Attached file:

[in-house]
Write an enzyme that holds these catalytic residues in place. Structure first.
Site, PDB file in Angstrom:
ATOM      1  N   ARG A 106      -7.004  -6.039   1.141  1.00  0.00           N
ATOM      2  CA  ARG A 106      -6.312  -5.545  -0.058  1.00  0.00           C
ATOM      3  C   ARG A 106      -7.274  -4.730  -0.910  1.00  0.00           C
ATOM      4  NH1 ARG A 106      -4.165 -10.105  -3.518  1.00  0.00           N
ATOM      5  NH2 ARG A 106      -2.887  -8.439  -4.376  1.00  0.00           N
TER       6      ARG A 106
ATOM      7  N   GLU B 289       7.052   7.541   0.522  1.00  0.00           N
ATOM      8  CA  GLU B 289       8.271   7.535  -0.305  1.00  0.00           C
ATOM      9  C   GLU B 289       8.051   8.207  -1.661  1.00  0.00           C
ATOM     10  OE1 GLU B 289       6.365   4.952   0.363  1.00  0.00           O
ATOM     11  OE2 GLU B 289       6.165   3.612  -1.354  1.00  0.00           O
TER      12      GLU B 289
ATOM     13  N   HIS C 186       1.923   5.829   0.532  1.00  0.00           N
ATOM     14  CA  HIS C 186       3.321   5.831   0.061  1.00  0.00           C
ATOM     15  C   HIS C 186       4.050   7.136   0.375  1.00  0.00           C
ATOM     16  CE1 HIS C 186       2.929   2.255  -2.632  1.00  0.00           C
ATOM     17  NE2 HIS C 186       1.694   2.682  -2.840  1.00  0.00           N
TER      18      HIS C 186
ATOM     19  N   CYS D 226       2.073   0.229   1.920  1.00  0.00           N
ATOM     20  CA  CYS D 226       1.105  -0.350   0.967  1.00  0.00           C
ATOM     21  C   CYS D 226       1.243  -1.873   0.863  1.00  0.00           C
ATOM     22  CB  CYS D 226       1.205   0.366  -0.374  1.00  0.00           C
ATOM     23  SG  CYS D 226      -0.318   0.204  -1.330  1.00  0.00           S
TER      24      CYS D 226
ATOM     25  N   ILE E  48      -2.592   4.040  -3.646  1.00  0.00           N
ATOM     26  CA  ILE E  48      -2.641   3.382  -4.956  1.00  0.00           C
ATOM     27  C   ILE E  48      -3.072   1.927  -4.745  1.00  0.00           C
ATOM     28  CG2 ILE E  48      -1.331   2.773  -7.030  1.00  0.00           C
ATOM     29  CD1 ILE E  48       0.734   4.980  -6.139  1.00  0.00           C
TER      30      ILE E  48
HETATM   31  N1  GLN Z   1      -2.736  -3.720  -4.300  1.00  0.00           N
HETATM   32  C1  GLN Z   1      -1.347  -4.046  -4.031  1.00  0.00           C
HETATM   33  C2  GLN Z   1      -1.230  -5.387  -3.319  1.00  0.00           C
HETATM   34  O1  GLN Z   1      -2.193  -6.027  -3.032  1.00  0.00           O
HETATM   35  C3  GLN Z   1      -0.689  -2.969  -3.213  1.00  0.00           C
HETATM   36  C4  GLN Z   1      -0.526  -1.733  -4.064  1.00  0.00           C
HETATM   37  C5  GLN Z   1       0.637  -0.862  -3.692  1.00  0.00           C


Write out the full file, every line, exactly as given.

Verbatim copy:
[in-house]
Write an enzyme that holds these catalytic residues in place. Structure first.
Site, PDB file in Angstrom:
ATOM      1  N   ARG A 106      -7.004  -6.039   1.141  1.00  0.00           N
ATOM      2  CA  ARG A 106      -6.312  -5.545  -0.058  1.00  0.00           C
ATOM      3  C   ARG A 106      -7.274  -4.730  -0.910  1.00  0.00           C
ATOM      4  NH1 ARG A 106      -4.165 -10.105  -3.518  1.00  0.00           N
ATOM      5  NH2 ARG A 106      -2.887  -8.439  -4.376  1.00  0.00           N
TER       6      ARG A 106
ATOM      7  N   GLU B 289       7.052   7.541   0.522  1.00  0.00           N
ATOM      8  CA  GLU B 289       8.271   7.535  -0.305  1.00  0.00           C
ATOM      9  C   GLU B 289       8.051   8.207  -1.661  1.00  0.00           C
ATOM     10  OE1 GLU B 289       6.365   4.952   0.363  1.00  0.00           O
ATOM     11  OE2 GLU B 289       6.165   3.612  -1.354  1.00  0.00           O
TER      12      GLU B 289
ATOM     13  N   HIS C 186       1.923   5.829   0.532  1.00  0.00           N
ATOM     14  CA  HIS C 186       3.321   5.831   0.061  1.00  0.00           C
ATOM     15  C   HIS C 186       4.050   7.136   0.375  1.00  0.00           C
ATOM     16  CE1 HIS C 186       2.929   2.255  -2.632  1.00  0.00           C
ATOM     17  NE2 HIS C 186       1.694   2.682  -2.840  1.00  0.00           N
TER      18      HIS C 186
ATOM     19  N   CYS D 226       2.073   0.229   1.920  1.00  0.00           N
ATOM     20  CA  CYS D 226       1.105  -0.350   0.967  1.00  0.00           C
ATOM     21  C   CYS D 226       1.243  -1.873   0.863  1.00  0.00           C
ATOM     22  CB  CYS D 226       1.205   0.366  -0.374  1.00  0.00           C
ATOM     23  SG  CYS D 226      -0.318   0.204  -1.330  1.00  0.00           S
TER      24      CYS D 226
ATOM     25  N   ILE E  48      -2.592   4.040  -3.646  1.00  0.00           N
ATOM     26  CA  ILE E  48      -2.641   3.382  -4.956  1.00  0.00           C
ATOM     27  C   ILE E  48      -3.072   1.927  -4.745  1.00  0.00           C
ATOM     28  CG2 ILE E  48      -1.331   2.773  -7.030  1.00  0.00           C
ATOM     29  CD1 ILE E  48       0.734   4.980  -6.139  1.00  0.00           C
TER      30      ILE E  48
HETATM   31  N1  GLN Z   1      -2.736  -3.720  -4.300  1.00  0.00           N
HETATM   32  C1  GLN Z   1      -1.347  -4.046  -4.031  1.00  0.00           C
HETATM   33  C2  GLN Z   1      -1.230  -5.387  -3.319  1.00  0.00           C
HETATM   34  O1  GLN Z   1      -2.193  -6.027  -3.032  1.00  0.00           O
HETATM   35  C3  GLN Z   1      -0.689  -2.969  -3.213  1.00  0.00           C
HETATM   36  C4  GLN Z   1      -0.526  -1.733  -4.064  1.00  0.00           C
HETATM   37  C5  GLN Z   1       0.637  -0.862  -3.692  1.00  0.00           C